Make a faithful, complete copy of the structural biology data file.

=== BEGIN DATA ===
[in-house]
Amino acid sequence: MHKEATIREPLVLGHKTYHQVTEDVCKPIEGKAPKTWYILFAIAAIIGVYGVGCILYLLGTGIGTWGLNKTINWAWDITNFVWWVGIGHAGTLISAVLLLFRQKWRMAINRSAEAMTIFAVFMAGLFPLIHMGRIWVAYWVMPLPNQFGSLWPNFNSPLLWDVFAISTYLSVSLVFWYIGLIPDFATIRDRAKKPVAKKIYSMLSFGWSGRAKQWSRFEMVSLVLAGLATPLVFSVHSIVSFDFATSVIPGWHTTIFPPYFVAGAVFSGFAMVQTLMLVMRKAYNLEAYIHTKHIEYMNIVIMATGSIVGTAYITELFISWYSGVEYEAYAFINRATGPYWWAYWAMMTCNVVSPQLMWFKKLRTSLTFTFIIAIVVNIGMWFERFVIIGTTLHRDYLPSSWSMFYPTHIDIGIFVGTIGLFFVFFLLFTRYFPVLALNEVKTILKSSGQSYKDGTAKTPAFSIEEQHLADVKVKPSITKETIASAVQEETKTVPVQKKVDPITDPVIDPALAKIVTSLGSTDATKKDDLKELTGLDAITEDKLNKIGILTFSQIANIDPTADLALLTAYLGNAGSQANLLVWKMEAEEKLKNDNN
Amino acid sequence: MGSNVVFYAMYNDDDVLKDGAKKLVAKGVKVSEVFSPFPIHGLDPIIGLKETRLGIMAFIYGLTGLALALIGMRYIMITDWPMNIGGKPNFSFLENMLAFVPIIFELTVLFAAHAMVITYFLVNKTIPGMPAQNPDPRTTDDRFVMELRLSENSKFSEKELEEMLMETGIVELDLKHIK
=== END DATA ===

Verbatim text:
[in-house]
Amino acid sequence: MHKEATIREPLVLGHKTYHQVTEDVCKPIEGKAPKTWYILFAIAAIIGVYGVGCILYLLGTGIGTWGLNKTINWAWDITNFVWWVGIGHAGTLISAVLLLFRQKWRMAINRSAEAMTIFAVFMAGLFPLIHMGRIWVAYWVMPLPNQFGSLWPNFNSPLLWDVFAISTYLSVSLVFWYIGLIPDFATIRDRAKKPVAKKIYSMLSFGWSGRAKQWSRFEMVSLVLAGLATPLVFSVHSIVSFDFATSVIPGWHTTIFPPYFVAGAVFSGFAMVQTLMLVMRKAYNLEAYIHTKHIEYMNIVIMATGSIVGTAYITELFISWYSGVEYEAYAFINRATGPYWWAYWAMMTCNVVSPQLMWFKKLRTSLTFTFIIAIVVNIGMWFERFVIIGTTLHRDYLPSSWSMFYPTHIDIGIFVGTIGLFFVFFLLFTRYFPVLALNEVKTILKSSGQSYKDGTAKTPAFSIEEQHLADVKVKPSITKETIASAVQEETKTVPVQKKVDPITDPVIDPALAKIVTSLGSTDATKKDDLKELTGLDAITEDKLNKIGILTFSQIANIDPTADLALLTAYLGNAGSQANLLVWKMEAEEKLKNDNN
Amino acid sequence: MGSNVVFYAMYNDDDVLKDGAKKLVAKGVKVSEVFSPFPIHGLDPIIGLKETRLGIMAFIYGLTGLALALIGMRYIMITDWPMNIGGKPNFSFLENMLAFVPIIFELTVLFAAHAMVITYFLVNKTIPGMPAQNPDPRTTDDRFVMELRLSENSKFSEKELEEMLMETGIVELDLKHIK